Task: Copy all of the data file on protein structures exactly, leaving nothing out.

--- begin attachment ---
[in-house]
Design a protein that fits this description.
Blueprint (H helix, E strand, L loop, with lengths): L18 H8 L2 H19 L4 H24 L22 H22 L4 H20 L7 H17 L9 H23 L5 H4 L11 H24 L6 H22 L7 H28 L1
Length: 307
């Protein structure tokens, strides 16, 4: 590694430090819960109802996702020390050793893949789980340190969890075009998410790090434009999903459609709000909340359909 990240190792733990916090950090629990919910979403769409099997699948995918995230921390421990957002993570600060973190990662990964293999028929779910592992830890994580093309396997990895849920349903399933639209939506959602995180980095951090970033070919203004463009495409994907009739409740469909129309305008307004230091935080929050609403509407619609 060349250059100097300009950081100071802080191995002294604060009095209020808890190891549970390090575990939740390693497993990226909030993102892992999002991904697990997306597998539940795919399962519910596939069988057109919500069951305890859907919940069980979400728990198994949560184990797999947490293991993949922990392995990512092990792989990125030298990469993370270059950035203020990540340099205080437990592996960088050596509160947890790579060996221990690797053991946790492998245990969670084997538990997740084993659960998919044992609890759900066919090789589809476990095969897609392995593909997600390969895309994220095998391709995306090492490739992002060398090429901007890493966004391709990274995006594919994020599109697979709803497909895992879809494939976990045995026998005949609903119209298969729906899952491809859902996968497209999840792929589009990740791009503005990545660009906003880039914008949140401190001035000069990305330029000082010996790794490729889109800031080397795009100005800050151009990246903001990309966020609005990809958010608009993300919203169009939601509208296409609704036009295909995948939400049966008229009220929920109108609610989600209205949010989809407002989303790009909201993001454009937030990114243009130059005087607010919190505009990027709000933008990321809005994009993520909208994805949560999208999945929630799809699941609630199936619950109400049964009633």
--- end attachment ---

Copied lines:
[in-house]
Design a protein that fits this description.
Blueprint (H helix, E strand, L loop, with lengths): L18 H8 L2 H19 L4 H24 L22 H22 L4 H20 L7 H17 L9 H23 L5 H4 L11 H24 L6 H22 L7 H28 L1
Length: 307
């Protein structure tokens, strides 16, 4: 590694430090819960109802996702020390050793893949789980340190969890075009998410790090434009999903459609709000909340359909 990240190792733990916090950090629990919910979403769409099997699948995918995230921390421990957002993570600060973190990662990964293999028929779910592992830890994580093309396997990895849920349903399933639209939506959602995180980095951090970033070919203004463009495409994907009739409740469909129309305008307004230091935080929050609403509407619609 060349250059100097300009950081100071802080191995002294604060009095209020808890190891549970390090575990939740390693497993990226909030993102892992999002991904697990997306597998539940795919399962519910596939069988057109919500069951305890859907919940069980979400728990198994949560184990797999947490293991993949922990392995990512092990792989990125030298990469993370270059950035203020990540340099205080437990592996960088050596509160947890790579060996221990690797053991946790492998245990969670084997538990997740084993659960998919044992609890759900066919090789589809476990095969897609392995593909997600390969895309994220095998391709995306090492490739992002060398090429901007890493966004391709990274995006594919994020599109697979709803497909895992879809494939976990045995026998005949609903119209298969729906899952491809859902996968497209999840792929589009990740791009503005990545660009906003880039914008949140401190001035000069990305330029000082010996790794490729889109800031080397795009100005800050151009990246903001990309966020609005990809958010608009993300919203169009939601509208296409609704036009295909995948939400049966008229009220929920109108609610989600209205949010989809407002989303790009909201993001454009937030990114243009130059005087607010919190505009990027709000933008990321809005994009993520909208994805949560999208999945929630799809699941609630199936619950109400049964009633």